Mysteries that take place in the West appeal to me. Favorite authors include Tony Hillerman, Craig Johnson, Cormac McCarthy, and R. Allen Chappell.
I've added Margaret Coel to that list, after reading The Eagle Catcher, set on the Wind River Reservation in Wyoming. (Thanks, Cathy!)
Father John O'Malley, Jesuit priest and recovering alcoholic works with Vicki Holden, an Arapaho lawyer in an attempt to find the killer of a tribal chairman and make sure his nephew is not convicted of the murder.
Injustice is a theme, both historical and present day, as hidden crimes from past and present come to light. Social and culture prejudices are thematic, as well, and blended easily into the mystery plot.
The Eagle Catcher is the first book in the series, so I have more to read! Since some of my latest books have been abandoned for lack of interest or for mediocre writing, I'm doubly grateful for a new series to enjoy.
Although I haven't read the first book (Catfishing on Catnet), I did find this YA novel intriguing.
from description: "When a mysterious entity starts hacking into social networks and chat rooms to instigate paranoia and violence in the real world, it’s up to Steph and her new friend, Nell, to find a way to stop it—with the help of their benevolent AI friend, CheshireCat."
Chaos on Catnet is a YA thriller with some genuine considerations about social media/the internet and its ability to influence hundreds of thousands of people. As I was reading it, we were all watching social media and news media as the election approached, and even now, in the aftermath of the election, we see the influence of the media for manipulating emotions.
Pretty scary the way those with an agenda can influence hundreds of thousands of people to violence. In the book and in real life, this happens.
At the same time, the internet does have many positive benefits. Friendships with people you may never meet in person, inspiration concerning hobbies and interests, and finding acceptance and support among like-minded people. Steph has this support among her friends.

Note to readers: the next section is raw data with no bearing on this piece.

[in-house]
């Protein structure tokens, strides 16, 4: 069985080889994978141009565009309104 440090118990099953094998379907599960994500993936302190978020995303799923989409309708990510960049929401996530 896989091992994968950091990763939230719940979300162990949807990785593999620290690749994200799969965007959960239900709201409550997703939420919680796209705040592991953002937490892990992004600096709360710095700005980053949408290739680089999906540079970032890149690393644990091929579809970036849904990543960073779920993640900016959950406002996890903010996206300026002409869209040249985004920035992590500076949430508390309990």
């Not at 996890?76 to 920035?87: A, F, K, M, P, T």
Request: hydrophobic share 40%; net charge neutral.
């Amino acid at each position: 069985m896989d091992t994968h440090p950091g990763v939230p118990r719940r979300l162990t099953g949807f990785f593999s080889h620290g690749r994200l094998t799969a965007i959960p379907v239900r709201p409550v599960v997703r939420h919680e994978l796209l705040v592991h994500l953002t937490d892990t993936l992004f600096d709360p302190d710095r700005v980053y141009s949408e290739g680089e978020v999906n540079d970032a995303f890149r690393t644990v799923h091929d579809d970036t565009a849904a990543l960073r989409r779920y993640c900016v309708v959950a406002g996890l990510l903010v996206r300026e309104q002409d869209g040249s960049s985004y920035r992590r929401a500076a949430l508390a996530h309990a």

An AI with human qualities is still a long way in the future, if ever; but the ability of people to use the internet and social media in a destructive fashion has been troublesome for a long time. Even more so during all the problems 2020 has presented.
Because I think the novel is of current interest, I'm reviewing it now rather than scheduling it for later.
YA/Thriller/Science, Tech. April 27, 2021. Print length: 304 pages.
I like Kerry Wilkinson a lot, but this was not my favorite. However, looking at Goodreads reviews, Almost everyone else, loved it. So...there you go.
from description: "A little girl has been left for dead. And now my husband is missing."
Things aren't looking good for Maddy's husband Richard, and in a village that knows everything that happens and closes ranks, things aren't looking good for Maddy either.
I realize the cutting back and forth to Maddy's childhood serves a purpose, but I found it distracting. Much simpler to give a brief background concerning Maddy's father having been convicted of a crime he didn't commit.
Maddy, as she tries to puzzle out the situation of her husband's absence, also has to face some of the elements of their marriage.
Mystery. Nov. 17, 2020. Print length: 360 pages.
Today is my birthday, and my daughter texted that she gave me a new president! Couldn't be happier!